The purpose of this summary is to support professional work in Hungary in order to prevent the further spread of myopia and provide actionable guidelines for experts. It is important to discuss myopia and share knowledge about it because the number of myopic individuals has significantly increased in childhood, both globally and in Hungary. This increase raises concerns as myopia can become the leading cause of blindness, but there are now effective procedures available that can help prevent or at least delay the onset of myopia, as well as slow down its progression in those who have already developed it. Due to the urgency of the situation, the International Myopia Institute (IMI) and the European Society of Ophthalmology (SOE) have developed and published the latest knowledge and recommended treatment guidelines for myopia management. This Hungarian-language summary is based on these guidelines and numerous studies with proven results. The guidelines summarize the current international definition and classification of myopia, present the pathomechanism of nearsightedness, discuss epidemiological findings, identify risk factors, and highlight current procedures that can prevent or delay the onset of myopia and slow down its progression.
Original scientific paper
Purpose: To assess the visual performance and symptoms of dysphotopsia of patients underwent bilateral implantation of AcrySof Vivity IQ (Alcon) extended depth of focus (EDoF) intraocular lens.
Method: In this prospective multicentric study uncorrected (UDVA) and corrected distance visual acuity (CDVA) was measured preoperatively, 1 week, 1 month and 3 months postoperatively. Hereafter uncorrected intermediate visual acuity (UIVA), and uncorrected near visual acuity (UNVA) was tested from 66 cm and 40 cm, respectively, symptoms of positive and negative dysphotopsia was recorded 1 month and 3 months postoperatively. At the 1-month follow-up of the second eye, glasses were ordered on request. In addition to the above binocular UDVA, UIVA, UNVA and glass-wearing was tested at the 3-months-control.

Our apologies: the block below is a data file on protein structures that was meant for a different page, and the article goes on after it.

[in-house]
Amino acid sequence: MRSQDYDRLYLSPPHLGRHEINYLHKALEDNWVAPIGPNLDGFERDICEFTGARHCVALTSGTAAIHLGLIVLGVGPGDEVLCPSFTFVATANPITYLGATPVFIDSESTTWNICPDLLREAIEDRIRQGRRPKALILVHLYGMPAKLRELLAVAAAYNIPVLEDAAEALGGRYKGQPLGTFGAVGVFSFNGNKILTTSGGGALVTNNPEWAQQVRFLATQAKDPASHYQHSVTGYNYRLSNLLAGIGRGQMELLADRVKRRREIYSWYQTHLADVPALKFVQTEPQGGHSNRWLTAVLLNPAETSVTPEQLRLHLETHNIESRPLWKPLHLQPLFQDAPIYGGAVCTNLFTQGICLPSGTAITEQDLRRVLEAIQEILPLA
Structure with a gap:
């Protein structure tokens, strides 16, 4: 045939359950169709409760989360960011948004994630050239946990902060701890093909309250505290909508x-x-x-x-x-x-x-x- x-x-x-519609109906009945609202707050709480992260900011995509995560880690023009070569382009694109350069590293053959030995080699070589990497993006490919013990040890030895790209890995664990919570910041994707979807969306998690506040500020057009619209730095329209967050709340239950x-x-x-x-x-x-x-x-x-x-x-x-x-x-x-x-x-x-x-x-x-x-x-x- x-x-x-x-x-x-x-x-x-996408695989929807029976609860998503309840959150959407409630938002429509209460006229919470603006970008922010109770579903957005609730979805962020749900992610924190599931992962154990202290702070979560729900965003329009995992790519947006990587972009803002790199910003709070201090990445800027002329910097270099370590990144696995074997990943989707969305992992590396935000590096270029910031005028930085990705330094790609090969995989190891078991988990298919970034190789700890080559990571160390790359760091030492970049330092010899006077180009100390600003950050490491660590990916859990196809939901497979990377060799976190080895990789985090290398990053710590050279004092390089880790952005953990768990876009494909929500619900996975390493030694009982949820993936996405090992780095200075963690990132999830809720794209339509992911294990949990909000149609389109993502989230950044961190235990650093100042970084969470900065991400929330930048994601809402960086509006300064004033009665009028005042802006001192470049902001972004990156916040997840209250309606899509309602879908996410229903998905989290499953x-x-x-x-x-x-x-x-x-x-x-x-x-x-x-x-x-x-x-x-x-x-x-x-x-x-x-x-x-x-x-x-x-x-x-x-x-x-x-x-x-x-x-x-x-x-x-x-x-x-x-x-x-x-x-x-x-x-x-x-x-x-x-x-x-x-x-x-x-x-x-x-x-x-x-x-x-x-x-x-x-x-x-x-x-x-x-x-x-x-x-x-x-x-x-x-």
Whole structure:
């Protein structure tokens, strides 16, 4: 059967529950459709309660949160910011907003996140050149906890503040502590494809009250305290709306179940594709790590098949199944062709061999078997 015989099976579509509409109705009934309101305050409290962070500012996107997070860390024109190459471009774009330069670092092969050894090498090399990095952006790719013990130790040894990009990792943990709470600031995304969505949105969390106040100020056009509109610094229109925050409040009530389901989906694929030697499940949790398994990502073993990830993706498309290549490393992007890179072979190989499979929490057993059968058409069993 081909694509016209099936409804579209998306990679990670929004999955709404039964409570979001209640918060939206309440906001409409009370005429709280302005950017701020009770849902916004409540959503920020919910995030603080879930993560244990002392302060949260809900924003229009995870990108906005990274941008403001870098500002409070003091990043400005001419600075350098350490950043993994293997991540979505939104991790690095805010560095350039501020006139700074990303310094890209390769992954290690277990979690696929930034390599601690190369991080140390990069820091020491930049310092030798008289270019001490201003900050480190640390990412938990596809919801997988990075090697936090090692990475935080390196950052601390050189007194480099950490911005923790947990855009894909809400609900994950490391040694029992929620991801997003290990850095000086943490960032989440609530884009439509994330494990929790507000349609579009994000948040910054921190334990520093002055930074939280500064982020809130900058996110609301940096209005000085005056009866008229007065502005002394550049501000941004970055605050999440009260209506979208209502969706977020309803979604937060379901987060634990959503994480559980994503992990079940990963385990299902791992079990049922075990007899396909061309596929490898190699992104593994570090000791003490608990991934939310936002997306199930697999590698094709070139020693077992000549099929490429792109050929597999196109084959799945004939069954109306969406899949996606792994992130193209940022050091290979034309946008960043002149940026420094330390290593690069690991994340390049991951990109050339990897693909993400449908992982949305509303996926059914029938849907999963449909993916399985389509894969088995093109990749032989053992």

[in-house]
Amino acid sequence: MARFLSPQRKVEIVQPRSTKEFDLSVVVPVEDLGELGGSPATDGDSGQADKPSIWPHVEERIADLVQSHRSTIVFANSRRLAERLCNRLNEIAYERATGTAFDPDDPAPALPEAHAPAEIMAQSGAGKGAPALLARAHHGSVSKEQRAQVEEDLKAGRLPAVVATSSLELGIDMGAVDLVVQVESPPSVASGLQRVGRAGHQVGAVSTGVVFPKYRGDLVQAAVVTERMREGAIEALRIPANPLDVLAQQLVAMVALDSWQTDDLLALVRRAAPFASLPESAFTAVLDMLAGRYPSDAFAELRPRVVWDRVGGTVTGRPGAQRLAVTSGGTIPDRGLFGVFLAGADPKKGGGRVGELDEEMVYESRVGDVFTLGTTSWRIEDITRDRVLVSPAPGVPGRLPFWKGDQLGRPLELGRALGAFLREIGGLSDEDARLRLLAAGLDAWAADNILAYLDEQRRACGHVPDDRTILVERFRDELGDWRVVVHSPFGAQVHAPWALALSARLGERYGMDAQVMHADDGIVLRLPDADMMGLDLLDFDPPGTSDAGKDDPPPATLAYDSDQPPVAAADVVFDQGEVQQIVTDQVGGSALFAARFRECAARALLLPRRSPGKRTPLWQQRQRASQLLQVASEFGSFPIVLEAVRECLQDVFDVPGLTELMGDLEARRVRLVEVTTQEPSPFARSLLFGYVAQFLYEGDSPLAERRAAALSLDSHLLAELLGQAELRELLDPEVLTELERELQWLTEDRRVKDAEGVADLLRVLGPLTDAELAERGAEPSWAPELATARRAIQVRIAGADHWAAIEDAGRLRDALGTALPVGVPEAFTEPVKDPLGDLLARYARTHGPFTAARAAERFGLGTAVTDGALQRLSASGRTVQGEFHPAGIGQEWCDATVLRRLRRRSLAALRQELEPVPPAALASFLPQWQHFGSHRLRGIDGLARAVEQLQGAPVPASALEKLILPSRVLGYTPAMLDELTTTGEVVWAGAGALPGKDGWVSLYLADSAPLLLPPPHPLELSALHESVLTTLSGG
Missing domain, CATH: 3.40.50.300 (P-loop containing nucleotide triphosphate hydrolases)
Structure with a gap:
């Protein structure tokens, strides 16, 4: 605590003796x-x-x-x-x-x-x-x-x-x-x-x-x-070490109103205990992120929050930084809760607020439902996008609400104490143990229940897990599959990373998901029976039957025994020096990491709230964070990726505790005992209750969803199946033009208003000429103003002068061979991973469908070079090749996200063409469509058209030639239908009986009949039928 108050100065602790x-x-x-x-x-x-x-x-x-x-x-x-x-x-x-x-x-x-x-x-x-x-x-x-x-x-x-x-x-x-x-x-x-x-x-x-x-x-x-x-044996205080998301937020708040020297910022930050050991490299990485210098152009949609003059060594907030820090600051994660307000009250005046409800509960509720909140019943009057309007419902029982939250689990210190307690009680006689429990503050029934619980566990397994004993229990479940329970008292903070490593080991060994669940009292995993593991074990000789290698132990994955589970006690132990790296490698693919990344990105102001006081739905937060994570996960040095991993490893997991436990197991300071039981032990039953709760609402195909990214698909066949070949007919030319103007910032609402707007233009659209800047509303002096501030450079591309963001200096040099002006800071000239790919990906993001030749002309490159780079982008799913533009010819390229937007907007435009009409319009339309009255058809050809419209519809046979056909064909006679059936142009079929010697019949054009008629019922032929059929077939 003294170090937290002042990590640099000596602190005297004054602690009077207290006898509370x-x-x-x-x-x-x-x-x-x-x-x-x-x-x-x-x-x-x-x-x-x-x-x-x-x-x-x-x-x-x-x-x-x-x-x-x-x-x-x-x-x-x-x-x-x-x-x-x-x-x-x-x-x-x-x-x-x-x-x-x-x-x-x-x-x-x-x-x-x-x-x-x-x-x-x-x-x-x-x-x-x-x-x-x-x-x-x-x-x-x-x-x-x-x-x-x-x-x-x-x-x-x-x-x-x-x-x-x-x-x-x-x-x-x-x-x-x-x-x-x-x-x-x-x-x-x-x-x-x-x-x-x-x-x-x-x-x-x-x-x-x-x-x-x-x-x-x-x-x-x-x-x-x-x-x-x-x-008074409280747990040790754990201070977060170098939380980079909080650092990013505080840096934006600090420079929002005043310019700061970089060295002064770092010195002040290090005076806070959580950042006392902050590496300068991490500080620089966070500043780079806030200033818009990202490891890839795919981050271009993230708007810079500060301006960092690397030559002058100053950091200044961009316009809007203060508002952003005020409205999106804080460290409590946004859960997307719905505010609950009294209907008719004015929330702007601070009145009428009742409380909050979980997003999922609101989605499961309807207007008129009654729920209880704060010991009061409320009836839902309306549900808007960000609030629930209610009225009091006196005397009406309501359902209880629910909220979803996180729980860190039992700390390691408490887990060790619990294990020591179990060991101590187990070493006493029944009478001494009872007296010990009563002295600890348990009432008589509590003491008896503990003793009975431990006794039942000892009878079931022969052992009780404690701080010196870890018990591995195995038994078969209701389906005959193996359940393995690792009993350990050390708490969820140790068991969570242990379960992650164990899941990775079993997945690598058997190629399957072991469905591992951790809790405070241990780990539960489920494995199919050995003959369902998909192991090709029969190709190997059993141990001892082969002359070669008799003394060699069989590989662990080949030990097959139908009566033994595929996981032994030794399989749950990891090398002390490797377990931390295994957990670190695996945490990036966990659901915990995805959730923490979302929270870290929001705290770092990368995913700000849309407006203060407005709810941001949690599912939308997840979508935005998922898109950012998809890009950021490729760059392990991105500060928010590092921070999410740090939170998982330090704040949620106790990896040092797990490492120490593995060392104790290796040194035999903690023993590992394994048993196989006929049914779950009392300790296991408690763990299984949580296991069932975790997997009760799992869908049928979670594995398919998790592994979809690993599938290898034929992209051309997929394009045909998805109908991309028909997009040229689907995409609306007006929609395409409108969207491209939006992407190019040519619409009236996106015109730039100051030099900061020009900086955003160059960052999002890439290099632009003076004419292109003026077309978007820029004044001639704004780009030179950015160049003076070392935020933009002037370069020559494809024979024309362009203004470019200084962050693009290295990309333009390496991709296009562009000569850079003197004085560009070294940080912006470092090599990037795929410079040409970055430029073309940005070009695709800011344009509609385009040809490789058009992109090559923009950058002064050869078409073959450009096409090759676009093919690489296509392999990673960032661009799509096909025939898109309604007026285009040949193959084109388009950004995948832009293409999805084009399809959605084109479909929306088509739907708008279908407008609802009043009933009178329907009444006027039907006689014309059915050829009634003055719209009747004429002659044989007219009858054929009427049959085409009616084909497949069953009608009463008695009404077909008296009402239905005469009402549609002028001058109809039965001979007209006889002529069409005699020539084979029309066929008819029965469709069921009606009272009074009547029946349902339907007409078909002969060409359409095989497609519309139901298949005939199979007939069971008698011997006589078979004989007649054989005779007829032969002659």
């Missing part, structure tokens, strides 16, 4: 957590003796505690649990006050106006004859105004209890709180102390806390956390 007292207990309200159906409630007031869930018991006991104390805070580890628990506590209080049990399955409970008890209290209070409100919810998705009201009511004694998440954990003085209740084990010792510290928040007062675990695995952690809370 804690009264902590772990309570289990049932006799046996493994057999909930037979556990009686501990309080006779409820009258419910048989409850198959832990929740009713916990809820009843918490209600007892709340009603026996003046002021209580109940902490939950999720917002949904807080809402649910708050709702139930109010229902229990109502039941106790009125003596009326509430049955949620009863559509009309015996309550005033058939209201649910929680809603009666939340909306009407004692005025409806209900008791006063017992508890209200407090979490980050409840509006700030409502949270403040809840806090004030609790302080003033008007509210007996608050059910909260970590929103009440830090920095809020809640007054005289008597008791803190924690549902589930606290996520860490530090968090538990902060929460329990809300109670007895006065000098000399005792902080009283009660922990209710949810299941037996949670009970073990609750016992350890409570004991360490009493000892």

Results: Ninety-six eyes of 48 patients were involved. Preoperative UDVA improved significantly from 0.35 (±0.25) to 0.87 (±0.19), and CDVA from 0.62 (±0.33) to 0.96 (±0.10) at 1 week (P<0.001), and then not significantly at 1- and 3 months. UIVA was around 0.7, while UNVA around 0.6 at 1 week, and did not change significantly after that. Binocular visual acuities exceeded slightly the monocular values in all distances. Spontaneous and forced positive and negative dysphotopsia symptoms decreased at 3 months and did not cause unbearable problems at any patients. For fare 85-, for intermediate 94-, and for reading distance 46% of the patients did not wear glasses at all since the surgery.
Conclusion: Our first experience is specifically good with the Vivity IQ refractive EDoF intraocular lens. This lens provided most patients with good distance, excellent intermediate, and functional near vision, with low reported dysphotopsia symptoms.
Original scientific paper
Introduction: Bardet–Biedl syndrome (BBS) is a rare multisystemic autosomal recessive disease that belongs to the group of ciliopathies. It presents ophthalmologically as syndromic retinitis pigmentosa. The aim is to describe the characteristics of the BBS10 subtype by presenting two cases.
Case report: At the University of Debrecen, Department of Ophthalmology, at the end of 2022, sixty patients with previously diagnosed retinitis pigmentosa had a detailed ophthalmological examination and genetic sampling for genotyping (Blueprint Genetics, Retinal Dystrophy Panel Plus, version 7). Biallelic mutations in the BBS10 gene were found in two male patients, confirming Bardet–Biedl syndrome. Polydactyly, renal failure, retinal dystrophy, and obesity were present in both patients. In addition, learning difficulties and hypogonadism were observed in one of them.